Why You Shouldn’t Self-File Your U.S. Expat Tax Return
As this year’s tax season heads towards its end, we continue to see more and more self-filers who have received notices from the IRS reassessing their tax liabilities due to mistakes or miscalculations on their original returns. In many cases, the filers should have no tax liability, but a missing form or incorrect information triggers a hefty IRS tax bill.
The best way to avoid the IRS’s attention, of course, is to make sure you’ve filed correctly. In the case of an expat tax return, which often involves tricky international tax aspects, the smart way to ensure an accurate return is to enlist the help of an expat tax return expert.
The Risk of Inaccuracy
In a previous blog, we demonstrated how tax returns in general, are more often than not filed incorrectly. We included a study by the Government Accountability Office, which found that self-prepared returns showed a whopping 50-percent error rate.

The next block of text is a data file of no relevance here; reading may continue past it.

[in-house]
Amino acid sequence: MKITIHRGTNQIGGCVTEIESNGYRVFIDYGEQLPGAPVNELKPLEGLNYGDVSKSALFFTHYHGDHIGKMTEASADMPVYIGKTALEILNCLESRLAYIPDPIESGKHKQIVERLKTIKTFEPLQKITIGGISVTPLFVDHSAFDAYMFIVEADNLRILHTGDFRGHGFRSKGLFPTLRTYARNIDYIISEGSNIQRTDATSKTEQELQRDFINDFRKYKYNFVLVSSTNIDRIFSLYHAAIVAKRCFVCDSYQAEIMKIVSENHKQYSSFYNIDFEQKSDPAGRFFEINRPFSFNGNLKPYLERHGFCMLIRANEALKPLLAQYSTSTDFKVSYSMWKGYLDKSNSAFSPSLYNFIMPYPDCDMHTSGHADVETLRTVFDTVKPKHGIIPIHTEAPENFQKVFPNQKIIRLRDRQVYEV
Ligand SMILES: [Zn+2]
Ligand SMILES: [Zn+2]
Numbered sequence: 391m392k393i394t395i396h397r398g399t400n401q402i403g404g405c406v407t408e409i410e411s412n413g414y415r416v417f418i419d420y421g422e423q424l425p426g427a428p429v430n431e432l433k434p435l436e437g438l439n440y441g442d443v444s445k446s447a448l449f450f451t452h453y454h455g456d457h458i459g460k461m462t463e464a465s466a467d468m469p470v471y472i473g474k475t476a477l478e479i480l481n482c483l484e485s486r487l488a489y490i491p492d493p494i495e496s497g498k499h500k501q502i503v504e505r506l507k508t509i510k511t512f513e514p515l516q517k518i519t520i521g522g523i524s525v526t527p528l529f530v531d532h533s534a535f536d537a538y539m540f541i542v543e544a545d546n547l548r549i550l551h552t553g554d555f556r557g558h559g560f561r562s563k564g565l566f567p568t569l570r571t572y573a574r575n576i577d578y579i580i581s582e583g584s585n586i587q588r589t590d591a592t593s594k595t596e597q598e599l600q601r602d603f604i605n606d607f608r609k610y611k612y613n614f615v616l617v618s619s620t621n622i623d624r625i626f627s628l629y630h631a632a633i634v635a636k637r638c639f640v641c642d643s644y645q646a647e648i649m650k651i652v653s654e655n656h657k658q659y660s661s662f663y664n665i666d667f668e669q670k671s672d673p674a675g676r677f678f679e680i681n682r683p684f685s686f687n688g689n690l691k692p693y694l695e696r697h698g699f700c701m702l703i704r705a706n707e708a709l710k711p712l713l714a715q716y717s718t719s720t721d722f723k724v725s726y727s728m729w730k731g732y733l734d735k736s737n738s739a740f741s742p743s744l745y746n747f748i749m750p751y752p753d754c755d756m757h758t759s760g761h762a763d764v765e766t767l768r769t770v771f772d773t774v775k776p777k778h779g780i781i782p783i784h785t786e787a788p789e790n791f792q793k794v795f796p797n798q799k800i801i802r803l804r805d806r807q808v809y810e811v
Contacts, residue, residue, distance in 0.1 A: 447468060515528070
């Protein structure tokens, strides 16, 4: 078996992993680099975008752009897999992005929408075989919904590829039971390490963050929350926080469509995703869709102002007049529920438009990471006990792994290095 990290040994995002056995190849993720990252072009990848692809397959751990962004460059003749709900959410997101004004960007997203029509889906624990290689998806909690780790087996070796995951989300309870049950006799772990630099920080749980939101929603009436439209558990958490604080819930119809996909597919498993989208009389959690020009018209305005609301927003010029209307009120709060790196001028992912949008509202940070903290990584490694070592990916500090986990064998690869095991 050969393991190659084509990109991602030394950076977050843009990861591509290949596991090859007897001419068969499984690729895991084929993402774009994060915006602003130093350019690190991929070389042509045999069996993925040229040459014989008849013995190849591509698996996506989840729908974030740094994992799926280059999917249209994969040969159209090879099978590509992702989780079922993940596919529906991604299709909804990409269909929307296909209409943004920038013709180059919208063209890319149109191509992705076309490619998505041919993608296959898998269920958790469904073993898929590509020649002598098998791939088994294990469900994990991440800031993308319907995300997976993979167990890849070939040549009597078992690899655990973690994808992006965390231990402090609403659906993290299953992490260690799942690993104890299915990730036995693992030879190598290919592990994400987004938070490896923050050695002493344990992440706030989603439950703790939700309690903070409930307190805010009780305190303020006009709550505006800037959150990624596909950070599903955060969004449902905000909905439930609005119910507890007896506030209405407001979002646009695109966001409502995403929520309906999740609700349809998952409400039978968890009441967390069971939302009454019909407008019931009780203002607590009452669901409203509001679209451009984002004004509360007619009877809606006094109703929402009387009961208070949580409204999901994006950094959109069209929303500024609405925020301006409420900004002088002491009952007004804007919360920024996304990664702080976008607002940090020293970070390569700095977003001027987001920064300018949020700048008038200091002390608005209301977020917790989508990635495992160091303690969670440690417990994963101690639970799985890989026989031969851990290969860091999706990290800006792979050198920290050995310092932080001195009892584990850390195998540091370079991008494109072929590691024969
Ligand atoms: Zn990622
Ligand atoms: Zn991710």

Expat taxpayers are particularly susceptible to errors because of the complex international issues and additional reporting requirements that can significantly affect the tax return of a U.S. citizen living abroad and that penalties for non-compliance can be severe. On the flipside, there may be a number of unused provisions available to expat taxpayers that can reduce the tax burden or even generate a refund from the IRS.
Client Fact Pattern
Case in point – just this past week, a U.S. expat who self-prepares his returns approached us because he had received a notice from the IRS. The taxpayer, now a client, earned income outside of the United States during 2015 that was greater than the Foreign Earned Income Exclusion, so he needed to utilize both the FEIE and foreign tax credit to eliminate his U.S. taxable liability.
Due to a misfiling of the forms associated with the FEIE and foreign tax credit, the IRS reassessed the taxpayer’s tax liability, resulting in a $5,000 tax bill, with penalties and interest. After contacting us, we were able to resolve the matter with the IRS with no tax due.
By Ephraim Moss, Esq. & Joshua Ashman, CPA